There were a few new faces in the lineup, too. Specifically, Ashby Frank subbed for Jeff White on mandolin while Daniel Kimbro took over for Barry Bales on bass. But the transition was seamless. “I’ll Go Stepping Too” still breezed along with effortless string music cheer, “White House Blues” still raced with delirious speed and agility and “Paul and Silas” still used the Earls’ potent harmonies to fuel an impassioned gospel feel.

That left, as Camp called him, “Uncle Flux” – the mighty Douglas. Unlike his own projects, the Earls’ sense of ensemble stamina and performance economy left minimal room to showcase his full dexterity on the dobro. But since Flatt & Scruggs dobro great Josh Graves, a musical mentor for Douglas, had to operate with similar efficiency in the Foggy Mountain Boys, the Earls’ dobro lines were delivered with a concise but very defined drive.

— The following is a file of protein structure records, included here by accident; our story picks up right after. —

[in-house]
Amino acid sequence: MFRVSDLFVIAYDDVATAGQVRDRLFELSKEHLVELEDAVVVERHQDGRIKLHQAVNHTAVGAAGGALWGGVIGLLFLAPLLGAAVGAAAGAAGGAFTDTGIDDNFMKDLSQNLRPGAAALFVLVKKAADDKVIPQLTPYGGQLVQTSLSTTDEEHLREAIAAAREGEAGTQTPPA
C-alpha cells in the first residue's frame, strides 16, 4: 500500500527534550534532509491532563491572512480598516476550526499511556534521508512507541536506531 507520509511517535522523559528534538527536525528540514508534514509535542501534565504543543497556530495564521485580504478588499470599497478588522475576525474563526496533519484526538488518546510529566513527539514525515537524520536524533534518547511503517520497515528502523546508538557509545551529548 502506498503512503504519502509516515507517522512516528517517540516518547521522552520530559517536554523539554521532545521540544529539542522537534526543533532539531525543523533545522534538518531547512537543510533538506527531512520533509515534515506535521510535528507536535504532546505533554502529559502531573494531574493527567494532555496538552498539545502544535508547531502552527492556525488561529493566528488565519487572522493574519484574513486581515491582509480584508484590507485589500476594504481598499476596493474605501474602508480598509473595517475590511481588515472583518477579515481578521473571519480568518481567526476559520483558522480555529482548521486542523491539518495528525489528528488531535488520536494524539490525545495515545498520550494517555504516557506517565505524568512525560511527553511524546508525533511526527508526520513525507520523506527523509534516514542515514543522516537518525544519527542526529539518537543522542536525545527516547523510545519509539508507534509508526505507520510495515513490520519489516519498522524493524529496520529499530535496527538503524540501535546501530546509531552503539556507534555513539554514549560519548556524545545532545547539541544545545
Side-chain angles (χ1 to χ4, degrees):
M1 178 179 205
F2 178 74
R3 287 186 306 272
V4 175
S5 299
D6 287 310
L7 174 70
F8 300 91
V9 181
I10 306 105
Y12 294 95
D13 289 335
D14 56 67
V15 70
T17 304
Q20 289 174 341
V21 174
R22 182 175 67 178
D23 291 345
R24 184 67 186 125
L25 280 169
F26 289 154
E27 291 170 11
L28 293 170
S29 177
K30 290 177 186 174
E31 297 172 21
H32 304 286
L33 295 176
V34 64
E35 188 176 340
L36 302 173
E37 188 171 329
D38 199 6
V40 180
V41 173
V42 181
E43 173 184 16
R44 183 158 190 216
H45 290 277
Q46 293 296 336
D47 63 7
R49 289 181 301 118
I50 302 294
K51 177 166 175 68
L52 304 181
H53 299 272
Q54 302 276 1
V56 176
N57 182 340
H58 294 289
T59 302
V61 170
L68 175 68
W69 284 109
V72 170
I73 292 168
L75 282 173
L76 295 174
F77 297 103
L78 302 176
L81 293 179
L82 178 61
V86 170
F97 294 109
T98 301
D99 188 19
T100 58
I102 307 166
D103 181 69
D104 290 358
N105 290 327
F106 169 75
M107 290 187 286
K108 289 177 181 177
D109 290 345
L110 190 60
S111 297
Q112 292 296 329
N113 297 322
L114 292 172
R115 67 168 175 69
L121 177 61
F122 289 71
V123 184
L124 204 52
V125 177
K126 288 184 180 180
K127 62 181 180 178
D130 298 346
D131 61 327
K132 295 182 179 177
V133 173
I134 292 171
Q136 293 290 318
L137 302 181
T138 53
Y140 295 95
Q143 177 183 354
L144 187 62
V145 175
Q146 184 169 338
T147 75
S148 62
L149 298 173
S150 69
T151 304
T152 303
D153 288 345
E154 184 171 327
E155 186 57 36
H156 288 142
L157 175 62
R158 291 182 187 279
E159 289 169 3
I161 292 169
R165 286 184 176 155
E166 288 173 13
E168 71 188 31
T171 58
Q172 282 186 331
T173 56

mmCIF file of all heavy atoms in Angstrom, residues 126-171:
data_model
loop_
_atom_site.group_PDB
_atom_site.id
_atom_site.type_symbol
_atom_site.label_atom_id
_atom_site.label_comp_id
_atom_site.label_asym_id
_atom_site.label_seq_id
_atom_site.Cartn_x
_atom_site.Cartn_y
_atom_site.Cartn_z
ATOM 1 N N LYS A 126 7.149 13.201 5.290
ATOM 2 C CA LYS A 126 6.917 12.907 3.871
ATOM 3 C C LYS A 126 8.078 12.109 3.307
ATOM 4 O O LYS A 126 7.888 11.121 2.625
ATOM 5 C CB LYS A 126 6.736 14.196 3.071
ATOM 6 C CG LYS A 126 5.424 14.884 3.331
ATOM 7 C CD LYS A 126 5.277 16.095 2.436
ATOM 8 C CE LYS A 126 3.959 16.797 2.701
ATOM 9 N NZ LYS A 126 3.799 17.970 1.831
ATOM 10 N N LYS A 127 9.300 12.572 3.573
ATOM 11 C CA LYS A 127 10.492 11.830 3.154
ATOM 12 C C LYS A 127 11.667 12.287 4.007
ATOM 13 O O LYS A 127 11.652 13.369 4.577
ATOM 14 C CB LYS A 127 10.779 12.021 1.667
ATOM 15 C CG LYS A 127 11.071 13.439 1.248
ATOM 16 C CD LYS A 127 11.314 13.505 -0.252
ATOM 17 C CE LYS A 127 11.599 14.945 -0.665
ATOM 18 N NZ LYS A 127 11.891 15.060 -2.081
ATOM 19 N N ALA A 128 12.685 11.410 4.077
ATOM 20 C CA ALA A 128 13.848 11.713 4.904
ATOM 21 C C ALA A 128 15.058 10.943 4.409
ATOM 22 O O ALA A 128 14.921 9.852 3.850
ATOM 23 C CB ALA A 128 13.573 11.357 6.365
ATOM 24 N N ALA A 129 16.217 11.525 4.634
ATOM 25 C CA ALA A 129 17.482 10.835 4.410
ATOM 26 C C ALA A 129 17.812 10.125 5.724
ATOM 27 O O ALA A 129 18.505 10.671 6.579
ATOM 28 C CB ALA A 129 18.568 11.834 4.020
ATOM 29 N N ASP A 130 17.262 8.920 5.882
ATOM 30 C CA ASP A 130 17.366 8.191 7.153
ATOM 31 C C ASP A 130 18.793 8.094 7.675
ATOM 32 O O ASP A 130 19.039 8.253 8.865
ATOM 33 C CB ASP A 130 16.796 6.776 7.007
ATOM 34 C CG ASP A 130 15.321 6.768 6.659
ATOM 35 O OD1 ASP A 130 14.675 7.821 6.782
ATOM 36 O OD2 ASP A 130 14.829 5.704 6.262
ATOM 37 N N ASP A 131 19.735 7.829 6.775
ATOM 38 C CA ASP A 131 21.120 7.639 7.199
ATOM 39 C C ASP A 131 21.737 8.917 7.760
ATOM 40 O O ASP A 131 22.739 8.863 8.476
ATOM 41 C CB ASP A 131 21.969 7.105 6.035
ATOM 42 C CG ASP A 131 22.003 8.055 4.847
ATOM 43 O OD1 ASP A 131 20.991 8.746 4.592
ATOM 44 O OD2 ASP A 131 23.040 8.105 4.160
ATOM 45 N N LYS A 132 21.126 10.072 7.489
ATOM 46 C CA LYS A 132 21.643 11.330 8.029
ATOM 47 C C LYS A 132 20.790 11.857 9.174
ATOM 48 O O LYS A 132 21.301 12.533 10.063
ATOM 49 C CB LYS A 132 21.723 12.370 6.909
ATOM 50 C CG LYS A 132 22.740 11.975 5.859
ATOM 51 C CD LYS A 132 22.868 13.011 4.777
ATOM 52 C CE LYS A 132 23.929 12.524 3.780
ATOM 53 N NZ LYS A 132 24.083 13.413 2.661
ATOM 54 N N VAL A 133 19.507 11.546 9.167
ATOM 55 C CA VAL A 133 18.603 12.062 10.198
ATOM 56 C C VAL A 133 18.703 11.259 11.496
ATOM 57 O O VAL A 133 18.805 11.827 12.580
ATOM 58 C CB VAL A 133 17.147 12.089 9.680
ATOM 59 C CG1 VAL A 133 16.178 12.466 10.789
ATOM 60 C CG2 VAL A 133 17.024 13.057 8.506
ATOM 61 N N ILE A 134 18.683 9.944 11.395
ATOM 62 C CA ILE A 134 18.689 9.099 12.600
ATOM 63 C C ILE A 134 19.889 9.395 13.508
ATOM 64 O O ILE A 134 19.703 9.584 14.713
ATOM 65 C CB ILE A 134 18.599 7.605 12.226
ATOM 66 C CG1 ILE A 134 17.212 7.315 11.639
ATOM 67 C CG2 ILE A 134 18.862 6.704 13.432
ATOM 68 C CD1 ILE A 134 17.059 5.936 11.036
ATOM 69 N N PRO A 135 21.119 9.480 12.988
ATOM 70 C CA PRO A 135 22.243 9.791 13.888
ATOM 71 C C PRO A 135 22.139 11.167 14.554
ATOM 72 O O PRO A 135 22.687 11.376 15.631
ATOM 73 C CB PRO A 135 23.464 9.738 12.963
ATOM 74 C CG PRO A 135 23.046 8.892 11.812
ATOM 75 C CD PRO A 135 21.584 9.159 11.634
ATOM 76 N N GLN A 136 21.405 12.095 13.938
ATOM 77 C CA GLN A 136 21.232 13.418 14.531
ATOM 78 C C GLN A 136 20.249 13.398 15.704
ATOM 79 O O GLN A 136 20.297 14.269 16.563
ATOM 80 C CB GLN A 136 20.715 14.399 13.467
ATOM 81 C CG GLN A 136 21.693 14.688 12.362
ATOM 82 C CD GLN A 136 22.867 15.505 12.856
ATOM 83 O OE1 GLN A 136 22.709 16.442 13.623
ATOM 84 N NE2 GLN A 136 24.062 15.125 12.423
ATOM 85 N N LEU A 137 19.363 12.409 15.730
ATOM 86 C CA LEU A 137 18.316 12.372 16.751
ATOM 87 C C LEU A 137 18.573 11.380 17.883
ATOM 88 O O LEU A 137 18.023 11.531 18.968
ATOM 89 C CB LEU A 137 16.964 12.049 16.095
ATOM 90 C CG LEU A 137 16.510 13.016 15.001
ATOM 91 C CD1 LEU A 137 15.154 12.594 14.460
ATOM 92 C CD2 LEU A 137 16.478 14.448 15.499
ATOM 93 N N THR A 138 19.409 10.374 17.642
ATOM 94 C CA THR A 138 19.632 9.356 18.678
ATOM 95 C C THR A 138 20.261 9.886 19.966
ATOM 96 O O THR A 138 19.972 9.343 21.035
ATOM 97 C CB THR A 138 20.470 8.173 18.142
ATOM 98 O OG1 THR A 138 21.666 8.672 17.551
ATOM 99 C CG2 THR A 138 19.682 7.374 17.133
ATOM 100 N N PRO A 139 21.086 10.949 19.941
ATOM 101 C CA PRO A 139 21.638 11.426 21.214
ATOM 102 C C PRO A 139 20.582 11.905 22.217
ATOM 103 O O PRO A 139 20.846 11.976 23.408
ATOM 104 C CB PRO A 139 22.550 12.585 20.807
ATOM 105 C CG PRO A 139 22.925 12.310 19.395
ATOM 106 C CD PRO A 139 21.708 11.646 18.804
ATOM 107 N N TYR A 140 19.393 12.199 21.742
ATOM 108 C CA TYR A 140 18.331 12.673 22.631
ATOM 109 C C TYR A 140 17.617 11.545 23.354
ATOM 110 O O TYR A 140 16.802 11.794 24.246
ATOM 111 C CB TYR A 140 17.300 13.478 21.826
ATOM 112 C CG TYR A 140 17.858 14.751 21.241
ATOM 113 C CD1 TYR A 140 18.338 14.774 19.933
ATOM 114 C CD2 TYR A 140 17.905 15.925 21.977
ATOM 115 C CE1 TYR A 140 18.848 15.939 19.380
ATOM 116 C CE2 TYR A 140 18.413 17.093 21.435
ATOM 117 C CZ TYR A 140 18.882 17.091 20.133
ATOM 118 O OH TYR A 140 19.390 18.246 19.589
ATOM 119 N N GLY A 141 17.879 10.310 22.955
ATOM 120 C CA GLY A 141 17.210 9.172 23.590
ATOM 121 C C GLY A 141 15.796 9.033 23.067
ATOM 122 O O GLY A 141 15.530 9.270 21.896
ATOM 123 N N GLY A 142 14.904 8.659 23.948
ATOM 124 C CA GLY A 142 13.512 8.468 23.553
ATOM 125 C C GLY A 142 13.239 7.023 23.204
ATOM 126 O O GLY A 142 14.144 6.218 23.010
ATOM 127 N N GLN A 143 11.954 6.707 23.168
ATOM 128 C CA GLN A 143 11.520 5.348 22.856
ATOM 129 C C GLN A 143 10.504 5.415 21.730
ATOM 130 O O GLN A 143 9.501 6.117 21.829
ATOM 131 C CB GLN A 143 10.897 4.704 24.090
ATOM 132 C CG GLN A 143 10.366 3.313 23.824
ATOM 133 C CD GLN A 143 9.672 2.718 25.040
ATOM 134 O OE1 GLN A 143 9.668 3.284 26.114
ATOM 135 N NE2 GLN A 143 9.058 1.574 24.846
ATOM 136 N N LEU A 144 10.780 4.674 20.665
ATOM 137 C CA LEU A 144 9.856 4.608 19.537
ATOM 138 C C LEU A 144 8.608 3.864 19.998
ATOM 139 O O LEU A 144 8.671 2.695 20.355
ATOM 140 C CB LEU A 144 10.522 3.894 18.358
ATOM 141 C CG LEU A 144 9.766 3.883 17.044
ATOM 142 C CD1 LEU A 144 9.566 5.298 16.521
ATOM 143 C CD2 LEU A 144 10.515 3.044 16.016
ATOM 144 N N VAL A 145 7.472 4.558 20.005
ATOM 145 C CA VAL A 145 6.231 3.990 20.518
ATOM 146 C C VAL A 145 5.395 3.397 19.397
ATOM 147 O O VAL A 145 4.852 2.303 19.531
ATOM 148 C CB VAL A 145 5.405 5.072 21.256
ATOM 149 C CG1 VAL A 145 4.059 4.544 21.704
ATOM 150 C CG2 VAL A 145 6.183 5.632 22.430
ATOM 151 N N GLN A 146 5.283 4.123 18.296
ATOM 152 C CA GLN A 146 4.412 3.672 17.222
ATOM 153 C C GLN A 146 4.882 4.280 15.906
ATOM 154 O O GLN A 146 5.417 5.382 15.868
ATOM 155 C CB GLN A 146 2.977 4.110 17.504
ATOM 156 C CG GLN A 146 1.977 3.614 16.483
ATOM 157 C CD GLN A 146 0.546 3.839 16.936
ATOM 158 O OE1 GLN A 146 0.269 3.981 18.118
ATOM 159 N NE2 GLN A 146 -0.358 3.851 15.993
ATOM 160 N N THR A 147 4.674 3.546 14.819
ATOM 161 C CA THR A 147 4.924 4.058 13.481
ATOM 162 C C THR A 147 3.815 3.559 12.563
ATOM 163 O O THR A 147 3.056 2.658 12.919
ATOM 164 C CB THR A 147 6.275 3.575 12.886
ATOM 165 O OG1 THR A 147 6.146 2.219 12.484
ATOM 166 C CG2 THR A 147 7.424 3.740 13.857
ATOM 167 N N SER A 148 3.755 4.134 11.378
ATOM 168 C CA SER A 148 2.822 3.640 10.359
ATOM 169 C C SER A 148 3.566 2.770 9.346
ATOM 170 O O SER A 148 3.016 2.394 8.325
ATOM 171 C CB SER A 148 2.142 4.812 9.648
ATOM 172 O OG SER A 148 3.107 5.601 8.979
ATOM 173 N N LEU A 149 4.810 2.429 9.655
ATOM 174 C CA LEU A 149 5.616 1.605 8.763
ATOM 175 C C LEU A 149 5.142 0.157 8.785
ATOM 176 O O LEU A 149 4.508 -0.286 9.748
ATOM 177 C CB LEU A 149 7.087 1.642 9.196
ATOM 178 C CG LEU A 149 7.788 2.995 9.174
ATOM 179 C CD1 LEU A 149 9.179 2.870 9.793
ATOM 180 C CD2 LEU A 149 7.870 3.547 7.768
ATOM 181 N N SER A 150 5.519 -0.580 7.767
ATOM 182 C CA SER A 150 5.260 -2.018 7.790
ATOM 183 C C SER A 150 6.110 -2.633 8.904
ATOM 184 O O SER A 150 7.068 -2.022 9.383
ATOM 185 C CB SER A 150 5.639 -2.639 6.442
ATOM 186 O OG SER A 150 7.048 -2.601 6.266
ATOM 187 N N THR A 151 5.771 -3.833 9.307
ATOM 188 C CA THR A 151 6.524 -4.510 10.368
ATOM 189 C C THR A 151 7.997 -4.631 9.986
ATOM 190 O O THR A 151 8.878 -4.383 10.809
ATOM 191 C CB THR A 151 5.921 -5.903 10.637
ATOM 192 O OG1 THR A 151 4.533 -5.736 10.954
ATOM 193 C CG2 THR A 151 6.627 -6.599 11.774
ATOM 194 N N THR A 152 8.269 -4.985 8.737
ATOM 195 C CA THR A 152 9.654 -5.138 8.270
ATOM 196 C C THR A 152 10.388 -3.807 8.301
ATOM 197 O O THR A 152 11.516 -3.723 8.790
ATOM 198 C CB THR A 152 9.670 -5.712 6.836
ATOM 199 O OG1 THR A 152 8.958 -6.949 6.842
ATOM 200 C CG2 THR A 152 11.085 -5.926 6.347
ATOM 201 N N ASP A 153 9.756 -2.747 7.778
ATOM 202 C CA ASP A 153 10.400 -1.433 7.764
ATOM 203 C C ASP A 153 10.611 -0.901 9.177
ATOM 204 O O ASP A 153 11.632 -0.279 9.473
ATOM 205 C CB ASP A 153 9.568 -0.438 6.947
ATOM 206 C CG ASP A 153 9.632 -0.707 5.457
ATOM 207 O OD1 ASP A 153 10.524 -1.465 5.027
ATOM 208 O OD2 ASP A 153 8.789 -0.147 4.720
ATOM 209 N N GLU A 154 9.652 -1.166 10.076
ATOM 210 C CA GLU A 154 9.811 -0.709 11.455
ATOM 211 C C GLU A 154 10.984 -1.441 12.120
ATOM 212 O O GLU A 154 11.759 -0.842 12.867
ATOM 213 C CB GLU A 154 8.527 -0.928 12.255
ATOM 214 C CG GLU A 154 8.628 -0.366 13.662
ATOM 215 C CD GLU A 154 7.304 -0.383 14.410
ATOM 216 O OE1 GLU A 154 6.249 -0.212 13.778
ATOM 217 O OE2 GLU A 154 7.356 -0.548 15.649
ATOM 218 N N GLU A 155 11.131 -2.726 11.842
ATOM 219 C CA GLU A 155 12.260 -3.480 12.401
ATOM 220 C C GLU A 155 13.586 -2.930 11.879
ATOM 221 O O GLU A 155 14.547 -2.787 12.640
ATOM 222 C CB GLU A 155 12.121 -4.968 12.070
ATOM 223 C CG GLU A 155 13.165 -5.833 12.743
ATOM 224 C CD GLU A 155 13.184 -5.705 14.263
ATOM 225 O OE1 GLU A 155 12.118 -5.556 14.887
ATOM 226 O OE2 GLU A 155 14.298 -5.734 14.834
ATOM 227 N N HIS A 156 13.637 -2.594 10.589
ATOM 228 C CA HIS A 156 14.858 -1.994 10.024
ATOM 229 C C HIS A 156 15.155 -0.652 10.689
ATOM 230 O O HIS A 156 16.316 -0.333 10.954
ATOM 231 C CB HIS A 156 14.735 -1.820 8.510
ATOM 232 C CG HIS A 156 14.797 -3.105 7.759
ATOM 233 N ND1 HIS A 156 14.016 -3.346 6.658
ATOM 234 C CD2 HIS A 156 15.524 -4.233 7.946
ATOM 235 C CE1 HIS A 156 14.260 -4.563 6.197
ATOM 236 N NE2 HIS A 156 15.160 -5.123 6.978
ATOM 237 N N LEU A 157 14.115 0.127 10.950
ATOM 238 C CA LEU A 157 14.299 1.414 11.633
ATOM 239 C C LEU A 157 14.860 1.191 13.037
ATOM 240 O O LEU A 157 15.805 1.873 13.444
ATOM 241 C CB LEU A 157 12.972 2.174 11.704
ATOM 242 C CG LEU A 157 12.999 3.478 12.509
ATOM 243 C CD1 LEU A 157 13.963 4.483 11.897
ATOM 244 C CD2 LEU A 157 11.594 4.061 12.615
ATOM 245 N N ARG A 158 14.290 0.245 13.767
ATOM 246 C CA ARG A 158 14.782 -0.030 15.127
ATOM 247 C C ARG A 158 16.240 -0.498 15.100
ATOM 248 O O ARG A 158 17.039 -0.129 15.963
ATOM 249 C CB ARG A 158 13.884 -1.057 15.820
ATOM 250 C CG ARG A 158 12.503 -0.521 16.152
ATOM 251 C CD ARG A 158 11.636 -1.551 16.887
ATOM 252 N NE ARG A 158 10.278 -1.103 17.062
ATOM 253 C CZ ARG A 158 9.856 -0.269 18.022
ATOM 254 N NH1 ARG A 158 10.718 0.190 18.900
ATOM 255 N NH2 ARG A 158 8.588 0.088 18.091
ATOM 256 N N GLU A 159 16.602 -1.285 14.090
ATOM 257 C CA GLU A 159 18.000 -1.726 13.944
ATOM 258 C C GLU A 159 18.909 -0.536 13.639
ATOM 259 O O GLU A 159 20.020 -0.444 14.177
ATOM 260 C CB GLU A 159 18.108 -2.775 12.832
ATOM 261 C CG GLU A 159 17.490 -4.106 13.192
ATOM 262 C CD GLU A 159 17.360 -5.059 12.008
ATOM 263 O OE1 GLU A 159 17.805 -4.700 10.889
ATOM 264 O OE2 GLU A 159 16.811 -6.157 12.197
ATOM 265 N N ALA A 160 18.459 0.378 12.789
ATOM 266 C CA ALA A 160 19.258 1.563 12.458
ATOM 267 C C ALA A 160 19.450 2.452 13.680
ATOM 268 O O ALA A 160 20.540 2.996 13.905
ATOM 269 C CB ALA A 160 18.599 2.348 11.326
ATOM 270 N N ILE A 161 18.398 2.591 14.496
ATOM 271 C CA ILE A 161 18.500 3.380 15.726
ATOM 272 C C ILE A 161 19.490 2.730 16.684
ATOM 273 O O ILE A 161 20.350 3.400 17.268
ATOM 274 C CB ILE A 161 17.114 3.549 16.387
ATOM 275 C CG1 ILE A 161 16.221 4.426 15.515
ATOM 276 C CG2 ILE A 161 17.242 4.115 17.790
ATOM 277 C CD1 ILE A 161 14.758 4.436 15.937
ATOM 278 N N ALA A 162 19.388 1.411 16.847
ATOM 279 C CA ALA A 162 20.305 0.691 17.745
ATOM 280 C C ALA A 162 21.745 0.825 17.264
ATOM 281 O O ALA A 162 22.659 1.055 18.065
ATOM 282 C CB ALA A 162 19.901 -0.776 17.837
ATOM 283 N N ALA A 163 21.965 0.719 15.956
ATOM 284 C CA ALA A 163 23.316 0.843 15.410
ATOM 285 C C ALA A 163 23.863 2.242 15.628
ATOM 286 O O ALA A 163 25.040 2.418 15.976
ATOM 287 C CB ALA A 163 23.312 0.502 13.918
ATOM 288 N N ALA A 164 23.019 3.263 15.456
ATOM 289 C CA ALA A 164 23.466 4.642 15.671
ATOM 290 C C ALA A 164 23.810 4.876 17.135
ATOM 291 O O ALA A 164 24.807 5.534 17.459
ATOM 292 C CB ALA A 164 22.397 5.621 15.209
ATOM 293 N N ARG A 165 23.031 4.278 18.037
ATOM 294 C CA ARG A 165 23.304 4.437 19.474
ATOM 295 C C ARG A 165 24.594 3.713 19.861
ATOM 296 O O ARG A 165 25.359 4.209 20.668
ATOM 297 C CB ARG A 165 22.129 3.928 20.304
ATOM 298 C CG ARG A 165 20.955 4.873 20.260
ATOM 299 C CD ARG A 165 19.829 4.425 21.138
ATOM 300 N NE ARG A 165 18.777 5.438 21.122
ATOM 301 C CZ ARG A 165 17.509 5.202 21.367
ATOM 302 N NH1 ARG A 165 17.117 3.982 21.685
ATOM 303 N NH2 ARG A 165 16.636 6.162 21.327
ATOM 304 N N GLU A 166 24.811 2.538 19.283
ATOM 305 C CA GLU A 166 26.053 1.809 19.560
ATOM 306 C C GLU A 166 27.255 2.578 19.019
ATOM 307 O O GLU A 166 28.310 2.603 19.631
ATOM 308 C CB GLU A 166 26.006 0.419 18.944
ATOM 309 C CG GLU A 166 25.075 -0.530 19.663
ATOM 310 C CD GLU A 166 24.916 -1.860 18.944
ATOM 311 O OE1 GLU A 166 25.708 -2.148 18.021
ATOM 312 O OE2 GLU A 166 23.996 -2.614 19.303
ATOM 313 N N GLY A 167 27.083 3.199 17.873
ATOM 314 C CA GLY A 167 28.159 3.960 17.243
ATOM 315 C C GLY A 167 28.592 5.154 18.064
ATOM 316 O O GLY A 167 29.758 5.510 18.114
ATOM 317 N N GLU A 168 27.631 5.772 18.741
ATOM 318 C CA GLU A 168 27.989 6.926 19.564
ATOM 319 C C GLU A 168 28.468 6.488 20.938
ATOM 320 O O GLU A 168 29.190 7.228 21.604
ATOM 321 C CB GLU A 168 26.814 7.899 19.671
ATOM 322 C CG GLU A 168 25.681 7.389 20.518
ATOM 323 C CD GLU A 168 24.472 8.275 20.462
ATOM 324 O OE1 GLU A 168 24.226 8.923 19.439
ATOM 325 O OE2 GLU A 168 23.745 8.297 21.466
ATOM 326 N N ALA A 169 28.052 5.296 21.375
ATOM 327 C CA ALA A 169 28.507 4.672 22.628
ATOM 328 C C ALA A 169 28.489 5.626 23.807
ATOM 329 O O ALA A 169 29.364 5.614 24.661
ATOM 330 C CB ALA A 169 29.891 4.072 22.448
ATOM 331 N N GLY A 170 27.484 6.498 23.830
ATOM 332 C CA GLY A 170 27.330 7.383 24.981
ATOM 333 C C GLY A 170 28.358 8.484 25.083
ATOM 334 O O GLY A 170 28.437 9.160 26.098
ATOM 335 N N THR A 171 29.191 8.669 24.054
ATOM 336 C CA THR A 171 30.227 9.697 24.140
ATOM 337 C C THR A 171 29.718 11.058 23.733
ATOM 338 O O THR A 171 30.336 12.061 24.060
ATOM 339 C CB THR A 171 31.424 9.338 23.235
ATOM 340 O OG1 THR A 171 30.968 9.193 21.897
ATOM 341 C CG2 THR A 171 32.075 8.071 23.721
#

For those needing something just a touch more demonstrative, though, there was the instrumental medley of “Spanish Two Step” and “Steel Guitar Blues,” an astonishing display of tone and tempo where the spirit of Graves and ingenuity of Douglas merged into a singular, fiery celebration of bluegrass tradition.

Had the Earls been able to convert that kind of energy into bus fuel for the ride back home… well, let’s just say there would have quite a few startled state troopers along I-65 on Sunday night.

in performance: postmodern jukebox

Rogelio Douglas Jr of Postmodern Jukebox.

For all the concern in capturing the feel of the 1920s, a sentiment that extended to tagging its current tour as “Welcome to the Twenties 2.0,” Postmodern Jukebox didn’t seem content in staying put in any set time zone Saturday evening at the Singletary Center for the Arts.